Fernando Alonso has finished fastest in the second practice session for the Monaco Grand Prix, posting the fastest time of the session in the final few minutes when the track had dried out following a rain shower.
His lap of 1:18.482 was good enough to see him finish four-tenths of a second ahead of Lewis Hamilton, who had topped the first session in Monaco earlier today.
Heavy rainfall between the end of FP1 and the start of the second session meant that the track was wet when FP2 began. Valtteri Bottas was the only driver to head out early on, but even on the intermediate tire, it was too wet to gain any meaningful data.
It was not until the halfway point in the session that the first times were set, with Jenson Button going fastest of all ahead of Sebastian Vettel and teammate Kevin Magnussen. Only another six drivers opted to set a time whilst the track was still dry, with others chosing to bide their time.
Kimi Raikkonen was not able to head out again after encountering a gearbox problem on the main straight. He did manage to get his Ferrari back to the pits, but the team will now be left with a repair job overnight and on Friday to get him ready for qualifying.
With just five minutes remaining, a number of drivers ventured out on the soft and super-soft tire as the track had dried out enough. This resulted in a number of rapid improvements, with P1 changing hands every few seconds. Jean-Eric Vergne, Daniil Kvyat, Sergio Perez and Nico Hulkenberg all topped the timesheets momentarily, but it was Fernando Alonso who ultimately finished fastest ahead of Lewis Hamilton and Sebastian Vettel.
The advantage certainly appears to lie with Mercedes in Monaco, but should rain strike during qualifying or the race this weekend, Ferrari and Red Bull may well be able to put up more of a fight to the Silver Arrows.
Last week, Red Bull Racing revealed their new car, the RB19, and a new relationship with US-based Ford Motors in a press event in New York City complete with drivers Max Verstappen, Sergio Perez and Team Principle Christian Horner. They are the only Formula 1 team to launch in the United States, but even that small move of the needle reflects a major shift in the attitude of both F1’s management and their teams – and the extent to which the American audience has fully embraced the sport.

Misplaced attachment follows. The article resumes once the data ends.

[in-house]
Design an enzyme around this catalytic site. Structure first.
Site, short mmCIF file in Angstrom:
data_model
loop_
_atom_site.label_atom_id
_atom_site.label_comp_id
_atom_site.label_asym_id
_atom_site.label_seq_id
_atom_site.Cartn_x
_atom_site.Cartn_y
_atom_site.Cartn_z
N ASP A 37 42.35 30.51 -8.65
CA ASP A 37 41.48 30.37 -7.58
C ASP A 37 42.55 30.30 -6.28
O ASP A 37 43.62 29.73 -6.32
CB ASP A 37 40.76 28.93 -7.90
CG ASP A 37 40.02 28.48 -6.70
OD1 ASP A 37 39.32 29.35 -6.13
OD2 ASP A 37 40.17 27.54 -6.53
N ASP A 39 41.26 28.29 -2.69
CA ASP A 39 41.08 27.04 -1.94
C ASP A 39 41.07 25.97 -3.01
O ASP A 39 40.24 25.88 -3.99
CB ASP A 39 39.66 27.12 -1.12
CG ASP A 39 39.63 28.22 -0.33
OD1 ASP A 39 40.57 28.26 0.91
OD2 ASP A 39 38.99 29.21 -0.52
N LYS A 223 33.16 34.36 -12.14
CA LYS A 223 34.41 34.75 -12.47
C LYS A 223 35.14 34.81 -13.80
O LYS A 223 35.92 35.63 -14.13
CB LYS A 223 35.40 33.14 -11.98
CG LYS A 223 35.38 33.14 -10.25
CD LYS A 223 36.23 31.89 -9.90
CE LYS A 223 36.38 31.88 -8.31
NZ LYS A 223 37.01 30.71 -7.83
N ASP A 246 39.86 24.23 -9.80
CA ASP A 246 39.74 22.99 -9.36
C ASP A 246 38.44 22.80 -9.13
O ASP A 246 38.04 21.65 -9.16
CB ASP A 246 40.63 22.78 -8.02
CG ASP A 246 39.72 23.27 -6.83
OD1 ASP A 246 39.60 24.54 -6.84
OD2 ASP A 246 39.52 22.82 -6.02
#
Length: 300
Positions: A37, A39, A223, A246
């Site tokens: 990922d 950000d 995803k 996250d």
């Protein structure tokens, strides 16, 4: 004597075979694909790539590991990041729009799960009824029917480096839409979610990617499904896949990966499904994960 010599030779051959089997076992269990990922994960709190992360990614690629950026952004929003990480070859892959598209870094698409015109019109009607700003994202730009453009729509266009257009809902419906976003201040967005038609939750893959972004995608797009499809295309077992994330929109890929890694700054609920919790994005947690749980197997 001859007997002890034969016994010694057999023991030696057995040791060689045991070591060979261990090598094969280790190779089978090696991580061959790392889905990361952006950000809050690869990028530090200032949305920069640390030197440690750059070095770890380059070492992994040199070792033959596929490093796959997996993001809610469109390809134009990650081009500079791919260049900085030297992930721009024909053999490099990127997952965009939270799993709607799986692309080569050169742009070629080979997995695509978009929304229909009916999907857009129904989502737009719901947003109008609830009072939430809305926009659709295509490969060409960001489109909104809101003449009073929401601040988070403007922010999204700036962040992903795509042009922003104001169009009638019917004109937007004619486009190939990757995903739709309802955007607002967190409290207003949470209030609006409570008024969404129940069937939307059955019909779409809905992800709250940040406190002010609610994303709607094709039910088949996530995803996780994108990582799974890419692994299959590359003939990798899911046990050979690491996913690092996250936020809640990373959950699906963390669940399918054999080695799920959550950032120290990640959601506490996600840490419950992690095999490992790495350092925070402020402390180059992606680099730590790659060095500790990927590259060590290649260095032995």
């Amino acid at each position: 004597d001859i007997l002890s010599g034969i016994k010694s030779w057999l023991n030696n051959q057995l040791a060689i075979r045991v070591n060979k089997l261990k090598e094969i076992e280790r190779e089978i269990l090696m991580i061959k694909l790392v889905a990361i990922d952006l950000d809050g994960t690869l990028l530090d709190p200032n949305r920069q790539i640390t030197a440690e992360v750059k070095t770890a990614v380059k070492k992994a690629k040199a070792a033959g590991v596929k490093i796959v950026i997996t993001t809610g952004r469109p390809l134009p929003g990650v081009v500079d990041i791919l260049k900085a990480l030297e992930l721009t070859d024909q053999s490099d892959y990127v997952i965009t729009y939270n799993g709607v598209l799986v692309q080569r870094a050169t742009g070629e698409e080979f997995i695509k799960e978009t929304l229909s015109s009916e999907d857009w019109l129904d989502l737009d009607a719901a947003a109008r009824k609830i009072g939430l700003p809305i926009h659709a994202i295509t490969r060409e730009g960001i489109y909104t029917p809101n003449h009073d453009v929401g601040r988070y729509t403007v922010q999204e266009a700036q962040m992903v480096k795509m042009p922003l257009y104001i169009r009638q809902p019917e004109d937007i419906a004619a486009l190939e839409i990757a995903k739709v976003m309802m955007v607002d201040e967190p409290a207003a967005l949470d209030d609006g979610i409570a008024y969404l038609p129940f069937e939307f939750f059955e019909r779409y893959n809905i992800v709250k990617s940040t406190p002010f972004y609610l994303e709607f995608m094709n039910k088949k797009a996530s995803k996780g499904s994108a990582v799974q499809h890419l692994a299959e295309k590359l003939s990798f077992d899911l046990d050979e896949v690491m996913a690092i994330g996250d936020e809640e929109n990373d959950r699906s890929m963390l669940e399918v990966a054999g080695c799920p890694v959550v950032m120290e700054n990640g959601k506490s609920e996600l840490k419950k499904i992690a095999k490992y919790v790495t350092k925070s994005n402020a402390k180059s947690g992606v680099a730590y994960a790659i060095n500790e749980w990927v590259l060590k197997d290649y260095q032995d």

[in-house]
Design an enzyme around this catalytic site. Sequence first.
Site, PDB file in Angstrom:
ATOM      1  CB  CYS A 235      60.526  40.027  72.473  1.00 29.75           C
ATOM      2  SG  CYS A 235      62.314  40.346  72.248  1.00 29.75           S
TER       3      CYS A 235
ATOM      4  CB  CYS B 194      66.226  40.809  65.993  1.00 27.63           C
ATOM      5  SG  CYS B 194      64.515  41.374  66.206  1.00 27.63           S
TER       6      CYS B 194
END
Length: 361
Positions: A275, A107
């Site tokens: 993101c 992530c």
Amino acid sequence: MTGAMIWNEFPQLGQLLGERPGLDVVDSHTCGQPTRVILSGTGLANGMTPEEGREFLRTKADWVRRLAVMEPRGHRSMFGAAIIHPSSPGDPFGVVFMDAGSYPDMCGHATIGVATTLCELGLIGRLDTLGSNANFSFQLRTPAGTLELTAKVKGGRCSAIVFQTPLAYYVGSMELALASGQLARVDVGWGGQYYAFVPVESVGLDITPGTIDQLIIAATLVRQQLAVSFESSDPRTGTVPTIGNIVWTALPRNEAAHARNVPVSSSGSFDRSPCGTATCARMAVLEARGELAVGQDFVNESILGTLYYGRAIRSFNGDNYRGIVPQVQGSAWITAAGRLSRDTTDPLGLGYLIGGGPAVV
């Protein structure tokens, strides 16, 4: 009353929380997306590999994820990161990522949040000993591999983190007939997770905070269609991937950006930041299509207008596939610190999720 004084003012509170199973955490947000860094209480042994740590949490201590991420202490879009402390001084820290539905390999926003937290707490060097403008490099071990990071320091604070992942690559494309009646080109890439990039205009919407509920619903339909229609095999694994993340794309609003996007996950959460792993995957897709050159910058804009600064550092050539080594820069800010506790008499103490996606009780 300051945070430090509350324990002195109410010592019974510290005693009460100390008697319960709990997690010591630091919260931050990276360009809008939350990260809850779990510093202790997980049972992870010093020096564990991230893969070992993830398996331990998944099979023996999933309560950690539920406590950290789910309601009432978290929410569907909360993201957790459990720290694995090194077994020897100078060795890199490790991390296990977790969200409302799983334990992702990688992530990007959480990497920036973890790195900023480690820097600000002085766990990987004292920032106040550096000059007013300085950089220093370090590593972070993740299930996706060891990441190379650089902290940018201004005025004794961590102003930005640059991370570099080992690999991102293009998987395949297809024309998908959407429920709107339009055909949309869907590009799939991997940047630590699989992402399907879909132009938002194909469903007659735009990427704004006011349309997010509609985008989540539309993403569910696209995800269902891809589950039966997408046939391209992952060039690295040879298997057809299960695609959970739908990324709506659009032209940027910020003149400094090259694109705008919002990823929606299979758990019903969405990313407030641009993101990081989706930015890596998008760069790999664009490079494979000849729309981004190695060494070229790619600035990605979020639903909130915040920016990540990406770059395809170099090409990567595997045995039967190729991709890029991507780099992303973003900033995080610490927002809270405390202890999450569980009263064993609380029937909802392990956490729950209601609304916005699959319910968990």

“It’s something fantastic and unique, for the sport to be able to break it into the U.S,” Perez told NBC Sports. “The market is huge and it’s a huge opportunity for everyone involved, for the drivers, for the team. It’s always a huge market.”
In 2023, Formula 1 will race three times in the United States and five times in North America. The Circuit of the Americas will host their 11th consecutive race in October before heading south to Mexico City. Miami returns for a second time in May on a temporary street course around the Hard Rock cafe and the third addition is in downtown Las Vegas in November.
With the Canadian Grand Prix on the schedule for June and the Brazilian Grand Prix in November, American fans are now in the ballpark of Europeans, who have eight events on the continent and one in England.
In 2022, Verstappen won every race in North America. He was kept from sweeping the hemisphere only by George Russell, who won in Brazil. That fact is less remarkable when one considers that Verstappen won 15 times in the season – nearly two-thirds of the races on the schedule.
“Sometimes it can be hard to replicate the season, but I think it’s the same as with the car, right? You always try to improve it,” Verstappen told NBC Sports. “And I always look at the little details that even when you have had a good race, you could have done better. And then of course you also learn from the bad races. So we always try to look for these little improvements and general experience you gain year after year.
“You try to do better, but of course it also depends a lot on the package you have.”
Now Verstappen’s thoughts will inevitably turn to establishing a dynasty – and America will again play a pivotal role.
“I just enjoy what I’m doing,” Verstappen said. “After the years in Formula One, when you have to be on top of your game and you gain a lot on your experience – in that sense nothing really can get to you anymore. Every year you just try to do the best you can. But a lot depends on the material around you. It’s always a bit of a guess. Start the season as fit as you can be and be well prepared. But if you don’t have the car, you’re not going to win the championship.”
Perez added two wins to Red Bull’s total, at Monaco and the Marina Bay Street course. With two of the US 2023 races on street courses, Perez hopes to close the gap on Verstappen and potentially be his principle rival for the championship.
“The strategy is clear; it is to maximize the potential of the car – and we believe we have a good car, but how good?,” Perez said “We don’t know what the competition is doing. We just give our best in building this car and we hope that it’s good enough to get us to win races.
“I think we have to work together as a team. At the same time. We both want to win the championship. It’s just having good compromise. The competition will be really strong out there, so we really need everything we possibly can get from each other.”
Formula One returns to the United States for Round 6 and the Miami Grand Prix on May 7.